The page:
He was, in his own words, “digging ditches.” In reality, he was shaping the earth to lay the groundwork for engineering projects that would change communities.
The time was the mid-1930s, and young electrical engineering graduate Willard Richardson found himself in a familiar predicament: looking for work in the Dust Bowl Days. Bread lines lengthened; public works labor groups were formed. But Willard chose a different path, and his perseverance and diligence would come to help define HDR’s history.
After spending his youth in Iowa as the son of a railroad company depot agent, Willard attended Iowa State University, graduating in 1934 in electrical engineering. Determined to put his skills to use, he campaigned for a position with the Natural Gas Pipeline Company of America, traveling to Chicago to apply in person. He followed up weekly by writing letters expressing his interest.
After several months, he received the news he had been seeking: the company hired him to backfill trenches at a compressor station in Oklahoma. His crew moved to various stations until reaching Beatrice, Nebraska, where the crew was laid off. But it was here where he would make lifelong connections.
Willard accepted a non-paying job with the Rural Electrification Association (REA) in Beatrice, hoping it could turn into a full-time paid position later. He also took a temporary paid position with the Gage-Hunt Electric Company. It was in this southeastern Nebraska community where he met Leitha Knigge, who would become his wife, along with H.H. Henningson. H.H. had led creation of most REA associations in Nebraska, helping bring electrical power to many communities in the Midwest.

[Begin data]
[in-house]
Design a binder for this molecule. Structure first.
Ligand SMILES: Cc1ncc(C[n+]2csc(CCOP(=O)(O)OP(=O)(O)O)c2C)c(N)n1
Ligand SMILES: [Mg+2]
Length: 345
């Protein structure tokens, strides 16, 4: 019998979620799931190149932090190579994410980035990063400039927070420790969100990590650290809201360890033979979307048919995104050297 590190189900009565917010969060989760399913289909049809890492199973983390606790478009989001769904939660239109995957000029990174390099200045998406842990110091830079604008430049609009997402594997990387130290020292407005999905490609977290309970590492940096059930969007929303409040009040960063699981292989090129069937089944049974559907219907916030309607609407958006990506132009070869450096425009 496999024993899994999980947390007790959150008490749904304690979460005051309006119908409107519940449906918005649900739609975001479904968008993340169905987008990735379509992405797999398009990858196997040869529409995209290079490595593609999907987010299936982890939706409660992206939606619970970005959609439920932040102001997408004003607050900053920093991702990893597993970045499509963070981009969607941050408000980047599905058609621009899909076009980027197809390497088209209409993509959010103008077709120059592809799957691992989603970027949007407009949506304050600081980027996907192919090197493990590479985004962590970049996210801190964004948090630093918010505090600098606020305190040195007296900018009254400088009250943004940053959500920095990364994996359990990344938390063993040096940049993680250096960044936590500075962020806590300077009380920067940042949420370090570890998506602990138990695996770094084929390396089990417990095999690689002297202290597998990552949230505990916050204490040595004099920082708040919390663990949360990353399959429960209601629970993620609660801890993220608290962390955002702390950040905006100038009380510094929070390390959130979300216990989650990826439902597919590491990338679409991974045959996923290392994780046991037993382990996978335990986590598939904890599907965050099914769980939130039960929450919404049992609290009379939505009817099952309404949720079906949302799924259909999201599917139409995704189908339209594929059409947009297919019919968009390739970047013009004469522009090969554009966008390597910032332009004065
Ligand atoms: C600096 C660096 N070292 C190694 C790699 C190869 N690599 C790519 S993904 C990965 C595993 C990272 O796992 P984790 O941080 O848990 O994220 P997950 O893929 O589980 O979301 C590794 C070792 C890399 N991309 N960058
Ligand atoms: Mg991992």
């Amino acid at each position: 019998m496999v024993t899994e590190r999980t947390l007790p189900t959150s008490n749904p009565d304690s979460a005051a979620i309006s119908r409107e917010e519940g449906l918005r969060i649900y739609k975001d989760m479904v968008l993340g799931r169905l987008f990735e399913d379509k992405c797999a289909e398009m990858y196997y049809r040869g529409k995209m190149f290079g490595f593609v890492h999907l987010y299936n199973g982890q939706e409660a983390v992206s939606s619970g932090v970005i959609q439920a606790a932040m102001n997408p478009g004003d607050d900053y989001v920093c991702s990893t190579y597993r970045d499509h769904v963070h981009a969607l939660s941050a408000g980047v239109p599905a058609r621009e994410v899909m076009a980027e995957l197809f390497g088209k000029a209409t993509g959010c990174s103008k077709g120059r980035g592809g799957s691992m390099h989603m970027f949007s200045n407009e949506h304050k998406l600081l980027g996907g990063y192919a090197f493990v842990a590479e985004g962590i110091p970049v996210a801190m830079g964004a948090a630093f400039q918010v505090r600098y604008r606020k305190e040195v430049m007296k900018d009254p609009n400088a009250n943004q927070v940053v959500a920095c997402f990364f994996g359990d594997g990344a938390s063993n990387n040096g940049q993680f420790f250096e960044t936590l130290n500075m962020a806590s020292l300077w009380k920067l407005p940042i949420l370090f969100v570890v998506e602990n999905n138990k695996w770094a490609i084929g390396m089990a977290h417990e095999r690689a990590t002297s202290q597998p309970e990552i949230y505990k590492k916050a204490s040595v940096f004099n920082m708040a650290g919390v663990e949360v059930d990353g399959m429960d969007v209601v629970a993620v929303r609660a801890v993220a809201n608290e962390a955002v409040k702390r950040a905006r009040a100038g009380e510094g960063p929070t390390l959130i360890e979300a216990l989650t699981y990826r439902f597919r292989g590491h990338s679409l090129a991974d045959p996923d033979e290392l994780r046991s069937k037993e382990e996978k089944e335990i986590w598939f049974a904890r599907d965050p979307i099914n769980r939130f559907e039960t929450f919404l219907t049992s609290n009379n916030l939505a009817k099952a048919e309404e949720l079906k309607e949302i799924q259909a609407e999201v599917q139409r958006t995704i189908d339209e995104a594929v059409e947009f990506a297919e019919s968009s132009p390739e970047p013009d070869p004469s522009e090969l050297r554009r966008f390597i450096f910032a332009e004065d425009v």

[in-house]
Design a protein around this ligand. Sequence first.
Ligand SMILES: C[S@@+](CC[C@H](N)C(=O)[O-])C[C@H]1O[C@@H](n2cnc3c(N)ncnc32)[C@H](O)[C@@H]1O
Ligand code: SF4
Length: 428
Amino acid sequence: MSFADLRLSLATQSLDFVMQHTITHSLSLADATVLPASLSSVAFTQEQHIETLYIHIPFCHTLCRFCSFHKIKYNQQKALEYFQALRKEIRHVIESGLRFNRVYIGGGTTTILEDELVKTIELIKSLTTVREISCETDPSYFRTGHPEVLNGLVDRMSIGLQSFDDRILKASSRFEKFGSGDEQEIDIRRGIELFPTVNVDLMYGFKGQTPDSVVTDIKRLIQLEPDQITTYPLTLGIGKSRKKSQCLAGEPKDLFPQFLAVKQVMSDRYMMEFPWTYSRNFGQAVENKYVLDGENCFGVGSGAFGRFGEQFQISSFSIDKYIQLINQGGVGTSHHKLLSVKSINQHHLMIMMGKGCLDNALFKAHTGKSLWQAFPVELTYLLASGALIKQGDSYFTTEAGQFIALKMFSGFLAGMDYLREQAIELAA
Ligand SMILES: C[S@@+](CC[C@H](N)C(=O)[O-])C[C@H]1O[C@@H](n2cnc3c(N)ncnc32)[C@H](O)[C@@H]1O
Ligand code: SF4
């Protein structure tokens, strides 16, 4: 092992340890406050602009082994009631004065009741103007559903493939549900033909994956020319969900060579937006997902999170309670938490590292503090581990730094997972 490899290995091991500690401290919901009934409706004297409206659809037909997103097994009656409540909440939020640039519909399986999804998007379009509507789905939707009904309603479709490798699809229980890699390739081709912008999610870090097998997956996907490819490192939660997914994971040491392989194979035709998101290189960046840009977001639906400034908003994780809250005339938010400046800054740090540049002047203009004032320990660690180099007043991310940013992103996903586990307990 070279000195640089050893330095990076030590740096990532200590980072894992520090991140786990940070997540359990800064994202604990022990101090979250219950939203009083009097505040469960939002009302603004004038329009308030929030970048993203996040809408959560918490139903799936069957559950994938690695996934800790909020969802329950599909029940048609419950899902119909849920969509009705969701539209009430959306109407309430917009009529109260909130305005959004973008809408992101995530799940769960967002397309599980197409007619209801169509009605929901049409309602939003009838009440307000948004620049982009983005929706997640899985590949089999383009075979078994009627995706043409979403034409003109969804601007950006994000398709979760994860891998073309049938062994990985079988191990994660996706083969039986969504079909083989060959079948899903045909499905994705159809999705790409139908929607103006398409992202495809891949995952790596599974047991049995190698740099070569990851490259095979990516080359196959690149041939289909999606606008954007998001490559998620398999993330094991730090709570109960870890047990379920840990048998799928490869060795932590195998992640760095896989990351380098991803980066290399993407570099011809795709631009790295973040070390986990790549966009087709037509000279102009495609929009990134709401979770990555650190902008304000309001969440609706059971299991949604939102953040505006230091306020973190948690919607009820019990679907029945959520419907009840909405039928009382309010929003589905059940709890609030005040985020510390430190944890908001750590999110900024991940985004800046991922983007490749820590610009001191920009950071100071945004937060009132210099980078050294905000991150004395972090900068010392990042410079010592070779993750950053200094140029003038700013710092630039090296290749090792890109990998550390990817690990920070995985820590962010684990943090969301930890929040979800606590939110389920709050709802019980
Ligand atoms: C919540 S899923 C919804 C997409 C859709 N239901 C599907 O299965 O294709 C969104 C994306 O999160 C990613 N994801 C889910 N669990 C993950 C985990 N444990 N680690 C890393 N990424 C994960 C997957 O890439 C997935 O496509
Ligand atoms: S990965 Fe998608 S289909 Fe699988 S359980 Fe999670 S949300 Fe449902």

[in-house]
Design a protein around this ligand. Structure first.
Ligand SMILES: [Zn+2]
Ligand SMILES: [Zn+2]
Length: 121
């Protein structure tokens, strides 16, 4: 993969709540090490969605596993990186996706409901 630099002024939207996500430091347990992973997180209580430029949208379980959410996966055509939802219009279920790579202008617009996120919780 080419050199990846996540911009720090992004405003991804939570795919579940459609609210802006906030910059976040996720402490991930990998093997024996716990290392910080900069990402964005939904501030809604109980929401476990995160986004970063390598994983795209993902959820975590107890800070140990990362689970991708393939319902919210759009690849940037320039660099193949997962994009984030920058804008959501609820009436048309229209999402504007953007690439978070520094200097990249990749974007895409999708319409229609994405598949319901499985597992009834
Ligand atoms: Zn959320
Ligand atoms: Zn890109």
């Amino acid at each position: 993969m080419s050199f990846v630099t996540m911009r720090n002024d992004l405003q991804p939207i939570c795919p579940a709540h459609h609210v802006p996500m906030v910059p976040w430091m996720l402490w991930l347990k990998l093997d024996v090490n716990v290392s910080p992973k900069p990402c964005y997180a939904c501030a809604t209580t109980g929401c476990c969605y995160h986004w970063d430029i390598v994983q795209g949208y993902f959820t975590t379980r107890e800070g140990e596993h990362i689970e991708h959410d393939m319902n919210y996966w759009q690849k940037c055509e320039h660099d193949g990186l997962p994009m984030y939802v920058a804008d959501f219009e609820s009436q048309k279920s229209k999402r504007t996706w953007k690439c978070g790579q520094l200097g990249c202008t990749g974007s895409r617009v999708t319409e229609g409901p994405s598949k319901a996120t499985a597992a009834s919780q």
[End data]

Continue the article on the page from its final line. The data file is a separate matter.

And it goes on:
The connection was electric: H.H. in 1937 offered Willard a job. He accepted and joined the company that would become HDR – with the “R” standing for Richardson – at a starting salary of $125 a month.
Willard would come to have a key voice in the firm’s work, both inside and outside of the office. Licensed as a professional engineer in more than 21 states, Willard helped lead the electrification work in the late 1930s and ’40s at a time when work with public power districts was vital not only for the rural communities served, but Henningson Engineering as well.
With Willard as a key contributor, Henningson Engineering flourished in the 1940s, building on its civil engineering and transmission line work by winning significant military and infrastructure projects as well, including the U.S. Army Quartermaster Corps winter training camp in West Yellowstone, Montana.
PARTNERSHIPS AND PENCILS
Willard exemplified the firm’s early motto of “Work Well Done.” He was named chief electrical engineer in 1946, and soon after, a partner in the firm. In 1952, he became Executive Vice President, Secretary and Treasurer of the newly formed Henningson, Durham and Richardson, Inc.